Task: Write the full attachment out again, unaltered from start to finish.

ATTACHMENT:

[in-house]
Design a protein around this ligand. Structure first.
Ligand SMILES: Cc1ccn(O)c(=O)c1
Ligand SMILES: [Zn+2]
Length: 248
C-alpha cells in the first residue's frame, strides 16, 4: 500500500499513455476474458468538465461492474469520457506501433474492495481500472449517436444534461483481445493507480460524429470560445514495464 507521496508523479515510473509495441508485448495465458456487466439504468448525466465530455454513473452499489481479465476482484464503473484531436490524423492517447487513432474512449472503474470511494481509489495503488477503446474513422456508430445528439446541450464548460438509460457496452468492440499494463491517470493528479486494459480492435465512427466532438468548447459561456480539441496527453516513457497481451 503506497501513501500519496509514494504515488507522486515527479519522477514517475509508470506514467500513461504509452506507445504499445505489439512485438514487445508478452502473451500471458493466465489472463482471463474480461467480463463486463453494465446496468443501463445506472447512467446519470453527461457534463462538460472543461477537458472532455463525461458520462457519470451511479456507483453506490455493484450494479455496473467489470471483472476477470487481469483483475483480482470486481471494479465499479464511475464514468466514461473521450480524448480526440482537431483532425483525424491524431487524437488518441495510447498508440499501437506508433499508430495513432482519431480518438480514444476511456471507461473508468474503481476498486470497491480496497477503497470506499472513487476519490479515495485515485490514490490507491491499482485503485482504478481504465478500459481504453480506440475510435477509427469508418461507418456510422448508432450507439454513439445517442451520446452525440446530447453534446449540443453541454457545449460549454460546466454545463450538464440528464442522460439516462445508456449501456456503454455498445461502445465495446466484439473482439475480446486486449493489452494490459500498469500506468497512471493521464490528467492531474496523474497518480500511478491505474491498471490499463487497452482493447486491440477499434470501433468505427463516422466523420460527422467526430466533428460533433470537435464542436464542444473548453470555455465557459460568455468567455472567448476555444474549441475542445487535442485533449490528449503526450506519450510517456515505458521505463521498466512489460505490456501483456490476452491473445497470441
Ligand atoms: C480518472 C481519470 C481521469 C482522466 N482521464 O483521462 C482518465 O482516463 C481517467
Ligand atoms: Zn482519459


[in-house]
Design a protein around this ligand. Structure first.
Ligand SMILES: Cc1ccn(O)c(=O)c1
Ligand SMILES: [Zn+2]
Length: 248
C-alpha cells in the first residue's frame, strides 16, 4: 500500500499513455476474458468538465461492474469520457506501433474492495481500472449517436444534461483481445493507480460524429470560445514495464 507521496508523479515510473509495441508485448495465458456487466439504468448525466465530455454513473452499489481479465476482484464503473484531436490524423492517447487513432474512449472503474470511494481509489495503488477503446474513422456508430445528439446541450464548460438509460457496452468492440499494463491517470493528479486494459480492435465512427466532438468548447459561456480539441496527453516513457497481451 503506497501513501500519496509514494504515488507522486515527479519522477514517475509508470506514467500513461504509452506507445504499445505489439512485438514487445508478452502473451500471458493466465489472463482471463474480461467480463463486463453494465446496468443501463445506472447512467446519470453527461457534463462538460472543461477537458472532455463525461458520462457519470451511479456507483453506490455493484450494479455496473467489470471483472476477470487481469483483475483480482470486481471494479465499479464511475464514468466514461473521450480524448480526440482537431483532425483525424491524431487524437488518441495510447498508440499501437506508433499508430495513432482519431480518438480514444476511456471507461473508468474503481476498486470497491480496497477503497470506499472513487476519490479515495485515485490514490490507491491499482485503485482504478481504465478500459481504453480506440475510435477509427469508418461507418456510422448508432450507439454513439445517442451520446452525440446530447453534446449540443453541454457545449460549454460546466454545463450538464440528464442522460439516462445508456449501456456503454455498445461502445465495446466484439473482439475480446486486449493489452494490459500498469500506468497512471493521464490528467492531474496523474497518480500511478491505474491498471490499463487497452482493447486491440477499434470501433468505427463516422466523420460527422467526430466533428460533433470537435464542436464542444473548453470555455465557459460568455468567455472567448476555444474549441475542445487535442485533449490528449503526450506519450510517456515505458521505463521498466512489460505490456501483456490476452491473445497470441
Ligand atoms: C480518472 C481519470 C481521469 C482522466 N482521464 O483521462 C482518465 O482516463 C481517467
Ligand atoms: Zn482519459